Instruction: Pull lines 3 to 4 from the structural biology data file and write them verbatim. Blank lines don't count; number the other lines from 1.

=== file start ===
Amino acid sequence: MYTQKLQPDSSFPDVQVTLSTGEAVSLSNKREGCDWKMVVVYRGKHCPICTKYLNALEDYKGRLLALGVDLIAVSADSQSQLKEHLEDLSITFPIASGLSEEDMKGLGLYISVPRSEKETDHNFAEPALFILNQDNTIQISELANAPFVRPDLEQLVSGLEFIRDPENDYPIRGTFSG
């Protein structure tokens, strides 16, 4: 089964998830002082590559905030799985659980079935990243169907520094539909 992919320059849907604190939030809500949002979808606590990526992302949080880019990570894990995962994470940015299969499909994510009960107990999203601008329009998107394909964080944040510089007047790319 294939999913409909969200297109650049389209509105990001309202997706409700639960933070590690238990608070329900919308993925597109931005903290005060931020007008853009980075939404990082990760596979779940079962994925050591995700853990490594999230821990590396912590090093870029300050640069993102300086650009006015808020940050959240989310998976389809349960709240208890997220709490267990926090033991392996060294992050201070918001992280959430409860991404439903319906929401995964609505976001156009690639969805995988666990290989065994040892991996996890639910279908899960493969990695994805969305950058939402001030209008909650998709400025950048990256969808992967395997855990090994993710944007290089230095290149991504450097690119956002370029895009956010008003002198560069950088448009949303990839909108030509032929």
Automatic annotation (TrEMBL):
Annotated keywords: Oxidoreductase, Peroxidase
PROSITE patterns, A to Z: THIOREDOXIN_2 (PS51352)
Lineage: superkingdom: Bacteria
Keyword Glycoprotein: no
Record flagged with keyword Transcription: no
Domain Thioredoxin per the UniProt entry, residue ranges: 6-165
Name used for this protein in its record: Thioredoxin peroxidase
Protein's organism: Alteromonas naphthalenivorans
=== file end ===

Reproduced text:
Automatic annotation (TrEMBL):
Annotated keywords: Oxidoreductase, Peroxidase